Color Coding– Color coding not only helps priorities catch your attention, it is fun! Use your creativity and give each type of task a color or assign colors by family member. Colored markers, sticky notes, stickers, it doesn’t matter- use whatever works for you to get things popping and keep priorities top of mind.
I would love for you to drop me a note and tell me how these tips worked for you.
Girl meets Boy. Cute Boy. Very Cute Boy.
Charismatic and Funny Boy. Boy with ADHD.
Girl knows little about ADHD. Boy only knows how it causes him problems in school.
Neither Boy or Girl have any idea of how ADHD impacts their relationship.
Years & years of roller coastering emotions, struggle, confusion go by.
It didn’t have to be so painful.
If the Boy and Girl had understood how ADHD impacted him. How ADHD impacted her.
How ADHD impacted their Relationship.
Books about ADHD and the impact on the person diagnosed are plentiful and very valuable resources. Coaching is often talked about as a fantastic option for improvement in executive function deficits such as managing priorities, staying on track, initiating, etc. What is often neglected is the very real impact of having a partner with ADHD is on the non-ADHD partner.
My own experience led me to discover ADHD coaching but in the back of my head there was always the thought:
“The Non-ADHD partner needs you more. Certainly, they benefit in some ways from the progress their partner with ADHD is making through coaching. But they DESERVE more”
It is now time for that voice to come to the forefront and be shout from the rooftops, for the non-ADHD partner in Las Vegas to have their own coach. I am very excited that you have found ADHD Partners.
The Las Vegas tourism board has done a fabulous job of imprinting the slogan on my brain. “What happens in Vegas, Stays in Vegas”
implies an escape from normal life, freedom to do let go and be impulsive with no future consequences. Opulent Entertainment, excessive gambling and drinking are what the city has been known for from the start. Casinos are designed to pull you in, keep you there while you lose track of time and money spent while perpetuating the fantasy that there are no consequences. Only the here and now.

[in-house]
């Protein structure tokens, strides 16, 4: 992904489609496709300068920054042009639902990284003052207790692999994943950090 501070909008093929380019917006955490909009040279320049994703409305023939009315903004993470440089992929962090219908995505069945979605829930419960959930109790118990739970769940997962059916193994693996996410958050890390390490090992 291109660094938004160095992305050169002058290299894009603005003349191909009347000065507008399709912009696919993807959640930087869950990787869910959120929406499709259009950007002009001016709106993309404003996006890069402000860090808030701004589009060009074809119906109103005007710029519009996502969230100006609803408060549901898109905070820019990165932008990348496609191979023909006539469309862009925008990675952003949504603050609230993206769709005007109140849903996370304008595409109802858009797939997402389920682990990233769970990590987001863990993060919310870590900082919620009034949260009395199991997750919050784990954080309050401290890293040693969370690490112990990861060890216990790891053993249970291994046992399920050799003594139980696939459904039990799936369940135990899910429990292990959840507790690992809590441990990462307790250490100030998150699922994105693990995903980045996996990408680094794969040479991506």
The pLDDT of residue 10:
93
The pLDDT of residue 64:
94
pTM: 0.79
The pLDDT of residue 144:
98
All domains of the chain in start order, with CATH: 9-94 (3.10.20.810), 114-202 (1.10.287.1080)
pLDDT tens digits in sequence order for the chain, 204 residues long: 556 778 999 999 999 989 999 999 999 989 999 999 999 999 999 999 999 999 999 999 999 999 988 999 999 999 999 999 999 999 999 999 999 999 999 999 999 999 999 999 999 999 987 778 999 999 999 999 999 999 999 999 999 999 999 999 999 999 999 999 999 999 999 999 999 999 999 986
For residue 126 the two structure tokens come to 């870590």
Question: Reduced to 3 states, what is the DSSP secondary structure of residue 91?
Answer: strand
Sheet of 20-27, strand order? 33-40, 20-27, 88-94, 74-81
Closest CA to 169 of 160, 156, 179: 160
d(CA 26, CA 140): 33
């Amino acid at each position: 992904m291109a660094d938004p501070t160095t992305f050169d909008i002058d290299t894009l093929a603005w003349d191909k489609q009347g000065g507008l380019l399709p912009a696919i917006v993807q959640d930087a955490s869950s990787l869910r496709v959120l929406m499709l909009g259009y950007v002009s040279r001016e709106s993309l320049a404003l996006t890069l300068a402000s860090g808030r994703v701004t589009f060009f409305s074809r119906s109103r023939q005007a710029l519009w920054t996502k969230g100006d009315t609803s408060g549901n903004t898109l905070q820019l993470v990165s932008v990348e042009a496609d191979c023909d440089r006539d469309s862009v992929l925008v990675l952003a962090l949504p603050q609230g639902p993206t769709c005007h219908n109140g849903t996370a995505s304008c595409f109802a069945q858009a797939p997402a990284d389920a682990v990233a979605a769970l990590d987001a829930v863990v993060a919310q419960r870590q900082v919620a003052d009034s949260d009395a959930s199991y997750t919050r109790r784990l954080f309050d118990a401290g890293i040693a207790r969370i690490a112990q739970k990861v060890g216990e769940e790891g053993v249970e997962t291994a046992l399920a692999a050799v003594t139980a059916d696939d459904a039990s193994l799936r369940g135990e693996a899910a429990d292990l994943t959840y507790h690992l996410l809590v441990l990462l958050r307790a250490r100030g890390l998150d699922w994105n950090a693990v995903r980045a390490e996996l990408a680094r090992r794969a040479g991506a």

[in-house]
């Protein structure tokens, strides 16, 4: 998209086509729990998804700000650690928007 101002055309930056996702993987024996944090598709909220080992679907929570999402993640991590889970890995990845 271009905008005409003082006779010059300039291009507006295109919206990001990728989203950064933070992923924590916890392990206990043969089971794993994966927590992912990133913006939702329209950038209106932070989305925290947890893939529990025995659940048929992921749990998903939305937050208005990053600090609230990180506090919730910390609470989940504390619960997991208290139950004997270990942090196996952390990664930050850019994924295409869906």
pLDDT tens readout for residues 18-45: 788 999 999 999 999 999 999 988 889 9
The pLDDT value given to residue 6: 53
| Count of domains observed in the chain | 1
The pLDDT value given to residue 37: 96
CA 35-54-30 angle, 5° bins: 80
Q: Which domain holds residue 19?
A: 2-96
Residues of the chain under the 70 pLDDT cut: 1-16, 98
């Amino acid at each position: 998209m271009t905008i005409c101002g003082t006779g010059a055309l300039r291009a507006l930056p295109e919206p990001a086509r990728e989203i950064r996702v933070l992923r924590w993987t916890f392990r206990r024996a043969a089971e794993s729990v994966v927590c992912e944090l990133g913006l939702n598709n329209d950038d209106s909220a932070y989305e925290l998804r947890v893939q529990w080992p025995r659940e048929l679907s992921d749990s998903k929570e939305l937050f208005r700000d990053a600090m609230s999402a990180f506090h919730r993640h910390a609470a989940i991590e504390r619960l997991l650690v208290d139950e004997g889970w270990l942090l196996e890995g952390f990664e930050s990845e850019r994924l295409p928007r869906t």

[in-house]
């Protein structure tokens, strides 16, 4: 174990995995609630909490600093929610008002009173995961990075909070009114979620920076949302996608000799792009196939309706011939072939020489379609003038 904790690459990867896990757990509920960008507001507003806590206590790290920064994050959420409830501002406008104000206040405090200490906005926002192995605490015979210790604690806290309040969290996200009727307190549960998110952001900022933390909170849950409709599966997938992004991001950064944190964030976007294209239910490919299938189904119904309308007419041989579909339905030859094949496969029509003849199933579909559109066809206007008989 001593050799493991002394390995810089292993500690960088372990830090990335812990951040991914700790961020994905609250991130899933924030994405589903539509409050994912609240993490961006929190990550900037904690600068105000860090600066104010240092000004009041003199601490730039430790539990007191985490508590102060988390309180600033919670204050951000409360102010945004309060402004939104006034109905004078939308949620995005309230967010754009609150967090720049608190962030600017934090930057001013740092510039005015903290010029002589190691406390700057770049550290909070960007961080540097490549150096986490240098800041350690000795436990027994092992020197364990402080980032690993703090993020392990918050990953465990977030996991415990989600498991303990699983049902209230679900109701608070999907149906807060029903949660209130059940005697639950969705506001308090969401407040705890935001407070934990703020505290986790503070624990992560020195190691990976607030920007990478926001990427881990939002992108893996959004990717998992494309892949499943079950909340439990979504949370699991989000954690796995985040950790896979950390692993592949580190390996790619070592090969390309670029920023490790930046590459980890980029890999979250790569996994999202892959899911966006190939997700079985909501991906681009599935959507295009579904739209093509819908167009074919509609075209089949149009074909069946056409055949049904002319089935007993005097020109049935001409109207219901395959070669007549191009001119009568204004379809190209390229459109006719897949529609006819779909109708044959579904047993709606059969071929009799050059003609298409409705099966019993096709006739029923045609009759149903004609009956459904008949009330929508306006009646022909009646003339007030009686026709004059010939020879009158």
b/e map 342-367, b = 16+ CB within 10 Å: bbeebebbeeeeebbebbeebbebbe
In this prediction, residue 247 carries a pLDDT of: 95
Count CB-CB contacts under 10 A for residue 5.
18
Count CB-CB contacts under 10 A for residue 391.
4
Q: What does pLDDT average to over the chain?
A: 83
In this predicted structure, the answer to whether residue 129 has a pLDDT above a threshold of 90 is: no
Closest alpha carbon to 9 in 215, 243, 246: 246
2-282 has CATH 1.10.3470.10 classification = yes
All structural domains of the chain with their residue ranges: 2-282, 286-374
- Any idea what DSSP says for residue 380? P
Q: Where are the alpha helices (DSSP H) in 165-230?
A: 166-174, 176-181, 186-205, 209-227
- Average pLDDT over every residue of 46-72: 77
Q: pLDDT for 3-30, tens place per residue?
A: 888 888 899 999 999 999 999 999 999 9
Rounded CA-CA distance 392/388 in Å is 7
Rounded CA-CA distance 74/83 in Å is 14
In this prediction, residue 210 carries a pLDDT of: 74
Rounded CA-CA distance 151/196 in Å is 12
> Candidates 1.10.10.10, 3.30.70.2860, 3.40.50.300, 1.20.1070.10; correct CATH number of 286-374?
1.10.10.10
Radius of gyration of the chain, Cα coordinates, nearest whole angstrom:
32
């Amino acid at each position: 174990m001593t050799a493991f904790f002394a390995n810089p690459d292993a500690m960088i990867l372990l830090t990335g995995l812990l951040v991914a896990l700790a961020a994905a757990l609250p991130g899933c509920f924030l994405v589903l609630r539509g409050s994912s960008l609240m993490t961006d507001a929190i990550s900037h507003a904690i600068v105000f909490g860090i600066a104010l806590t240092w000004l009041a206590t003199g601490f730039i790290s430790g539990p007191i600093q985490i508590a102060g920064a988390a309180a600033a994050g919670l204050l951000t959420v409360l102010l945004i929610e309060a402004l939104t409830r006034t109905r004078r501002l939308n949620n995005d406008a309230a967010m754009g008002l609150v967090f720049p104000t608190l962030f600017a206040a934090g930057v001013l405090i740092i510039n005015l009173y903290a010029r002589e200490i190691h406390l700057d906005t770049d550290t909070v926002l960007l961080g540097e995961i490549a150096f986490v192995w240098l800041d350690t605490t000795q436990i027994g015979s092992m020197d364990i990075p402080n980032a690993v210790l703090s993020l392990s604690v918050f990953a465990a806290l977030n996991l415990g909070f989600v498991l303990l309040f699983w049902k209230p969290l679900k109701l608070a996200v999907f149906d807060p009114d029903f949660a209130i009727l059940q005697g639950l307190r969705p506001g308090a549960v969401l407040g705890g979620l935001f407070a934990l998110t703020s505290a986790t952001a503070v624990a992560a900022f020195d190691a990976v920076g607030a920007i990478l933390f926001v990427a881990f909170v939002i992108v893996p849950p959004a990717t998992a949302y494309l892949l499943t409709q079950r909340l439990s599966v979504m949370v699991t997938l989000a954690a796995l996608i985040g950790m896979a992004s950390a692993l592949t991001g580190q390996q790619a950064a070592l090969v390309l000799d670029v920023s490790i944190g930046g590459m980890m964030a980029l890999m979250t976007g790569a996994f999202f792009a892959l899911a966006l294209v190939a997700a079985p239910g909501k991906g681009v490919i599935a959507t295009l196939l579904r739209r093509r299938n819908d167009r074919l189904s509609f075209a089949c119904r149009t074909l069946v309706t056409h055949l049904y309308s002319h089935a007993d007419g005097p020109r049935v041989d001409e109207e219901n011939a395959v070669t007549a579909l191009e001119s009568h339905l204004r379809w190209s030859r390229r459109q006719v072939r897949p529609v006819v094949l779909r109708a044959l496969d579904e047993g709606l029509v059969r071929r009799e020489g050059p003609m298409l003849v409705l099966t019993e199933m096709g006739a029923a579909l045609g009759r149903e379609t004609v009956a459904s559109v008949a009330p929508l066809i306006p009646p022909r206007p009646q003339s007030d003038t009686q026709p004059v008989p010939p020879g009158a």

Don’t get me wrong! Escaping normal life to rejuvenate and recharge is an important piece of the puzzle in a well-balanced life. (Don’t have to ask me twice) However, the freedom to make poor and impulsive choices with no future consequence is a fantasy that is being sold. Our choices always create waves that circle back to us eventually and without forethought and regard for the impact of choices on the future the wave can knock you down and pull you under.
Of course, as a coach that specializes in ADHD, my next thought is: “What happens in Vegas, when you live in Las Vegas and have ADHD?” Common challenges related to ADHD are impulsivity, hyper focus on favorite activities, and difficulty connecting choices in the here and now with progress towards future goals and dreams. When you live in a city that never closes and is designed to promise “reward” for impulsive behavior and hyper focus how can you keep the waves from pulling you under?
Here’s to living well with ADHD in Las Vegas!